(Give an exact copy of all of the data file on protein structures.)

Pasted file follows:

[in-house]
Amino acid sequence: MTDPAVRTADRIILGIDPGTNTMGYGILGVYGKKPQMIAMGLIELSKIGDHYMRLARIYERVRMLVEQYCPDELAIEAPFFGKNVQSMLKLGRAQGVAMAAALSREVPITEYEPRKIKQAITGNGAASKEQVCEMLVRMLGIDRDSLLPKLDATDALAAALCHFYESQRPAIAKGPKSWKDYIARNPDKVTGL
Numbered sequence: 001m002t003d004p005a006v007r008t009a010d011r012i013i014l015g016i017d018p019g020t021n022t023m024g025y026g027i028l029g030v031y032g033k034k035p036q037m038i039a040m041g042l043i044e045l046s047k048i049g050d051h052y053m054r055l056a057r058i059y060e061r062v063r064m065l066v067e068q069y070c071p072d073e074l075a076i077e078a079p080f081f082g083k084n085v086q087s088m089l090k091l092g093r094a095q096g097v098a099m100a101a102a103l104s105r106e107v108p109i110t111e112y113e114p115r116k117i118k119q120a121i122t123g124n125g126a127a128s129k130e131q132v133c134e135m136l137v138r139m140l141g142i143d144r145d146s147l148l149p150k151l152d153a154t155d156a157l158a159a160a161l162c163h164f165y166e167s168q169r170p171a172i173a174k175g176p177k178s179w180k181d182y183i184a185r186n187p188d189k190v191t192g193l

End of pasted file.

[in-house]
Amino acid sequence: MTDPAVRTADRIILGIDPGTNTMGYGILGVYGKKPQMIAMGLIELSKIGDHYMRLARIYERVRMLVEQYCPDELAIEAPFFGKNVQSMLKLGRAQGVAMAAALSREVPITEYEPRKIKQAITGNGAASKEQVCEMLVRMLGIDRDSLLPKLDATDALAAALCHFYESQRPAIAKGPKSWKDYIARNPDKVTGL
Numbered sequence: 001m002t003d004p005a006v007r008t009a010d011r012i013i014l015g016i017d018p019g020t021n022t023m024g025y026g027i028l029g030v031y032g033k034k035p036q037m038i039a040m041g042l043i044e045l046s047k048i049g050d051h052y053m054r055l056a057r058i059y060e061r062v063r064m065l066v067e068q069y070c071p072d073e074l075a076i077e078a079p080f081f082g083k084n085v086q087s088m089l090k091l092g093r094a095q096g097v098a099m100a101a102a103l104s105r106e107v108p109i110t111e112y113e114p115r116k117i118k119q120a121i122t123g124n125g126a127a128s129k130e131q132v133c134e135m136l137v138r139m140l141g142i143d144r145d146s147l148l149p150k151l152d153a154t155d156a157l158a159a160a161l162c163h164f165y166e167s168q169r170p171a172i173a174k175g176p177k178s179w180k181d182y183i184a185r186n187p188d189k190v191t192g193l